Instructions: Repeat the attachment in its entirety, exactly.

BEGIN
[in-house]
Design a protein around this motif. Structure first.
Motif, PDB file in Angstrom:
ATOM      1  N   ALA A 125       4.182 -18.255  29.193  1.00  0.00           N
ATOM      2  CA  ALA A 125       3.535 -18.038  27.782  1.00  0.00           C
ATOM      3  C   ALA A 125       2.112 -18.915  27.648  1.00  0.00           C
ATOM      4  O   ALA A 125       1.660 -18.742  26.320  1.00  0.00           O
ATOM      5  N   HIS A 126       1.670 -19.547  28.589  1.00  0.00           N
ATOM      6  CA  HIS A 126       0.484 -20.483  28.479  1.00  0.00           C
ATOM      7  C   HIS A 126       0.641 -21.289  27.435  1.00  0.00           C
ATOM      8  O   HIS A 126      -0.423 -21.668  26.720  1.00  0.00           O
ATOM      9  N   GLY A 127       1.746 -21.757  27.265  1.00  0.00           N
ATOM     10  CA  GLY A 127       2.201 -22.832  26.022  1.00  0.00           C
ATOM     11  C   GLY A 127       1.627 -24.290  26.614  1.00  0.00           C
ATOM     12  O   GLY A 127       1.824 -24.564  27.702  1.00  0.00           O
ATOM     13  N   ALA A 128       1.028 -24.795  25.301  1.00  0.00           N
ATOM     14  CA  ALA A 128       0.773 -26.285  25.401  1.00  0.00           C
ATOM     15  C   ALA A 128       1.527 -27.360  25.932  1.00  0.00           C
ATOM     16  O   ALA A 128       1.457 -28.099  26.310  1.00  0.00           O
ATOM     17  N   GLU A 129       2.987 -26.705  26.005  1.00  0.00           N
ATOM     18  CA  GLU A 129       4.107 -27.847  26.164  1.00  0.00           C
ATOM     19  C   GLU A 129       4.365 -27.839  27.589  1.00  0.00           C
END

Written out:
[in-house]
Design a protein around this motif. Structure first.
Motif, PDB file in Angstrom:
ATOM      1  N   ALA A 125       4.182 -18.255  29.193  1.00  0.00           N
ATOM      2  CA  ALA A 125       3.535 -18.038  27.782  1.00  0.00           C
ATOM      3  C   ALA A 125       2.112 -18.915  27.648  1.00  0.00           C
ATOM      4  O   ALA A 125       1.660 -18.742  26.320  1.00  0.00           O
ATOM      5  N   HIS A 126       1.670 -19.547  28.589  1.00  0.00           N
ATOM      6  CA  HIS A 126       0.484 -20.483  28.479  1.00  0.00           C
ATOM      7  C   HIS A 126       0.641 -21.289  27.435  1.00  0.00           C
ATOM      8  O   HIS A 126      -0.423 -21.668  26.720  1.00  0.00           O
ATOM      9  N   GLY A 127       1.746 -21.757  27.265  1.00  0.00           N
ATOM     10  CA  GLY A 127       2.201 -22.832  26.022  1.00  0.00           C
ATOM     11  C   GLY A 127       1.627 -24.290  26.614  1.00  0.00           C
ATOM     12  O   GLY A 127       1.824 -24.564  27.702  1.00  0.00           O
ATOM     13  N   ALA A 128       1.028 -24.795  25.301  1.00  0.00           N
ATOM     14  CA  ALA A 128       0.773 -26.285  25.401  1.00  0.00           C
ATOM     15  C   ALA A 128       1.527 -27.360  25.932  1.00  0.00           C
ATOM     16  O   ALA A 128       1.457 -28.099  26.310  1.00  0.00           O
ATOM     17  N   GLU A 129       2.987 -26.705  26.005  1.00  0.00           N
ATOM     18  CA  GLU A 129       4.107 -27.847  26.164  1.00  0.00           C
ATOM     19  C   GLU A 129       4.365 -27.839  27.589  1.00  0.00           C